Wednesday, April 5, 2023


Why People Buy

One of the most powerful attributes of value selling is that it should give you visibility on what people care about - how they're motivated, what their personal goals are, etc.

People think that they buy based on data and analysis.  But they don't. You don't. I don't. I buy the running shoes because they'll make me look faster on the trails or at Starbucks. You buy the solar panels or EV because it underscores your care for the environment. A coworker once told me that she was going to sell her 911 Cabrio to buy a Tesla (back when Tesla was cool)...because she wanted to save money on gas.

Um, no. She was going to lose thousands of dollars on the transaction, so the financial justification was weak. However, the new car was going to signal her care for the planet, which was her real motivation for the purchase.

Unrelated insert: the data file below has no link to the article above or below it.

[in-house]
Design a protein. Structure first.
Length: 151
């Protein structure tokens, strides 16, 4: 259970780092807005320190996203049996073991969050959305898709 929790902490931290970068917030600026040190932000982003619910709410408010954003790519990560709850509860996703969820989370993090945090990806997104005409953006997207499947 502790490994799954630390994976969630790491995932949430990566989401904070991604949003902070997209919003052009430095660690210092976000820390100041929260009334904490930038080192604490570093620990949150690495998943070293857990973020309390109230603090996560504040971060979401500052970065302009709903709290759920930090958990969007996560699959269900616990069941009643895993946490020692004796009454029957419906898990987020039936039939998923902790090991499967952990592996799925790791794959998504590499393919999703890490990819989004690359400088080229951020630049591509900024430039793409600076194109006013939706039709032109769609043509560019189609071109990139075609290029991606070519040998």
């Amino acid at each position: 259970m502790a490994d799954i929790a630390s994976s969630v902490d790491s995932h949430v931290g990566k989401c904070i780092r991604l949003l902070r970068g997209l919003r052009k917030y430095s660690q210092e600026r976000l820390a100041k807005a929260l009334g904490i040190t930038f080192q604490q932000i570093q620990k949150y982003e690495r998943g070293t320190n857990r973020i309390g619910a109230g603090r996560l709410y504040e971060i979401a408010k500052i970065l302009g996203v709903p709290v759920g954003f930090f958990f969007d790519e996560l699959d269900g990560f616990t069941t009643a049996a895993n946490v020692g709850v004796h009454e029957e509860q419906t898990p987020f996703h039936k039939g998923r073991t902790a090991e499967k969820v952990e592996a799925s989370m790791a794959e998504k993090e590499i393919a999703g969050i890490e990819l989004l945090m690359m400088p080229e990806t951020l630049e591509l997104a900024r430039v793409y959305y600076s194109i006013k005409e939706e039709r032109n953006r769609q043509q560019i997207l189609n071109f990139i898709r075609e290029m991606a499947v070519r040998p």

Corporate buying is no different. Whether it's a new AI chatbot to improve the experience of your customer, or the repurchase of another thousand Chromebooks, at the base of the decision is feeling rather than data.

Here's a great quote on change management, and after all, selling is all about change management:

See – feel – change is more effective than analyze – think – change. The process used here is "See, Feel, and Change", as opposed to "Analyze, Think, and Change". The latter is all head, no heart, and often fails to motivate people to recognize the importance of a given problem.
As part of my enablement work, I leverage story telling, developing customer vignettes - the people, personas, their "care-abouts". I explore individual MBOs and what an MBO represents. To drive the point home for the sales people in the session, I show a jet ski, something that the lead purchaser intends to buy with their MBO. I actually get groups of sales people to yelll "jet ski" when I ask what motivates that individual.
They get it. 
Data is nice, but don't kid yourself. People don't make decisions based on TCO or ROI. Do you need to check those boxes? Absolutely. But a good ROI argument doesn't get you off BAU. Getting a customer to feel why different is better starts the real consideration process, otherwise the (perceived) RISK hurdle is just too great.